A strong majority says it is very important that health care not be run for profit (70%) and covers all medical treatments (69%). Some 60% of Canadians feel it is very important that patients pay no fees for health services. More Canadians say the federal government is making the health system worse than say the government is making it better. Women are more likely than men to say the provinces are making health care worse. Men are split evenly with 35% saying better and 35% saying worse. Women, however, by 41%-26% say their provincial government is having a negative impact on health care.
The National Union of Public and General Employees (NUPGE) is a family of 14 component unions and the second largest union in Canada. Most of their 325,000 members work to deliver public services of every kind to the citizens of their home provinces. A large and growing number of their members work for private businesses. Read what their President James Clancy says about the priority that medicare remains for working Canadians. Visit their website on Canadian health care.
Question: I have heard from friends that the quality, though, of the Canadian system is dreadful. That the waits and poor facilities compare very poorly to the U.S., why should we want anything similar here?
In 1998 Canada spent $1828 per person on health care, while we spent $4178. Spending more than twice as much per person would go a long way towards assuring high quality here. Of course the 43 million uninsured in the U.S. might not be so impressed with the quality of their treatment currently. Furthermore, we have almost 10-fold the overhead & administrative cost in our US private insurance system as in our own medicare. What quality could we provide to our population if we were to recover most or all of that waste?
Proponents of the Canadian system such as NUPGE are quite explicit that they have now completed just one of the two critical phases of developing their system. They now have a system affording care to everyone. They are now in Phase 2, a struggle for adequate and stable public spending to improve quality and secure top notch facilities for many years to come. Read more about the current challenges for the Canadian system Conditions in Canadian health care are changing rapidly, this is evidenced by, among other things, the net flow of physicians northward across the border (even though specialists can still command much higher salaries in the USA).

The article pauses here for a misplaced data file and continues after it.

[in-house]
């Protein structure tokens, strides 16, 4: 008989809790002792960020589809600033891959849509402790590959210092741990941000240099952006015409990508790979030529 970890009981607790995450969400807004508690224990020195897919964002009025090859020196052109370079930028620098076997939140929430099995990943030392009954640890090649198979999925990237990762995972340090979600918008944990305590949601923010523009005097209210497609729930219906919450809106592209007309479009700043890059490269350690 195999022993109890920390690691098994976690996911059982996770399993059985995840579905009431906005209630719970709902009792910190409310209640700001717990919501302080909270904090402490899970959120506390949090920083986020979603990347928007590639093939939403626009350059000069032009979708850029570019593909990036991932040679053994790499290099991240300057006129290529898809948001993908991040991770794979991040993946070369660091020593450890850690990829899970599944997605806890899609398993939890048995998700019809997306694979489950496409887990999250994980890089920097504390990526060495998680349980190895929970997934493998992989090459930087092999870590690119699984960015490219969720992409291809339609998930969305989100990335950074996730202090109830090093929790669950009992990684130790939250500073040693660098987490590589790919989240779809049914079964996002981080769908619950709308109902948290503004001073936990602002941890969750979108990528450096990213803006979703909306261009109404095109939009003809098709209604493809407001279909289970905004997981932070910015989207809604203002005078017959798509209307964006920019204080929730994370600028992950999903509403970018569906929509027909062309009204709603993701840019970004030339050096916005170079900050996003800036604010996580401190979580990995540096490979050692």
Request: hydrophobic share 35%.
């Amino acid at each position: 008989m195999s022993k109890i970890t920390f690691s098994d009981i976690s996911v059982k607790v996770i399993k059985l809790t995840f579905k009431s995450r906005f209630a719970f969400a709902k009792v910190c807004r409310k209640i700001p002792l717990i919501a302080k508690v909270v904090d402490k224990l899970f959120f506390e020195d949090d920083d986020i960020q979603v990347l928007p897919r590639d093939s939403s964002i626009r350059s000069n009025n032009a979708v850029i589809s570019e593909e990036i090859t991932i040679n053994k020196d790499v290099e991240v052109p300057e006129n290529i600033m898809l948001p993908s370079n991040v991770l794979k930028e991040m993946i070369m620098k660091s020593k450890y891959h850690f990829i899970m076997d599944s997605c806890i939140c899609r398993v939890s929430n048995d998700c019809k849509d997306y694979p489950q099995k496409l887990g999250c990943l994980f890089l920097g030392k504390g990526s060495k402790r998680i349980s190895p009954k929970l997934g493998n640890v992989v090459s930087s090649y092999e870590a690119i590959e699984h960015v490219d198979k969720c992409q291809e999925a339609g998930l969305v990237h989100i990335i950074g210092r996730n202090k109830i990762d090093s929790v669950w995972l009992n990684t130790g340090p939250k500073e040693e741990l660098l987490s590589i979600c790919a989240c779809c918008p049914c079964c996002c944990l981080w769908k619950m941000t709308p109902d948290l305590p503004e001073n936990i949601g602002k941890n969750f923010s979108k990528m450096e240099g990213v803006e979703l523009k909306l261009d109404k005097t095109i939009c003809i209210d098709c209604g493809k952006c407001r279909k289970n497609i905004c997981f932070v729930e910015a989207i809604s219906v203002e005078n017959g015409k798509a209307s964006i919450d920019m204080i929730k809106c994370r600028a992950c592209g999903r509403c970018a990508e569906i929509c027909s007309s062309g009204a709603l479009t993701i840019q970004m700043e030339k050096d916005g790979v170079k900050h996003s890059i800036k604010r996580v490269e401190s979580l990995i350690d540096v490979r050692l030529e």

Speaking of “waits”, you know the one place where waiting is sure to kill you or you loved one would be in an Emergency Department. Waits for emergency care in the USA increased 36% between 1997 and 2004. Among all patients, the average wait increased to 30 minutes. Even the severely ill are waiting longer. Waits for patients suffering heart attacks increased 150%, to 20 minutes, and a quarter of heart attack victims in 2004 waited 60 minutes or more before seeing a doctor.
Question: Doesn’t all evidence show that the lines in Canada and waits imposed for needed treatments are unreasonable. In fact, many Canadians find it easier to come south to the U.S. for needed treatment.
NUPGE uses the example of some of the care in Alberta province where the provinicial government has gone furthest in the last few years towards allowing privatization and profit-making back into their system. For the past three years, the Calgary Regional Health Authority has contracted out all of its cataract operations to private companies. Calgary patients now wait 13 months or mor for their surgey. Meanwhile across the border in Lethbridge, where all cataract surgeries are still done within Medicare, the wait is just 3 to 4 months. The same thing happened in Britain, Australia and New Zealand. Going private increases waiting times. Download their free paper on three major myths (Acrobat).
It has also come to light that reports of longer waits in Canada for surgery have been fabricated and spread by right-wing think tanks, to support their mythologies. And evidence from other countries also is showing that privatization can mean longer waits and lower quality ref-A, or ref-B .
Question: I understand that these two problems that of poor quality and long lines in Canada result, in fact, in Canadians pouring south across the border to fulfill their health care needs. What other explanation could there be?
This is actually one of the myths propagating through mainstream media originating with the corporate insurers to both turn the clock back in Canada and maintain their profitable foothold in the U.S. without restrictions. Quite the contrary has been shown where the situation has been carefully studied and evidence collected. Similarly, there is a myth being spread about Candian physicians deserting their sinking ship. More recently (2005) studies show that the net flow of physicians has reversed, with more physicians moving north into Canada (certainly not for the balmy winters either)..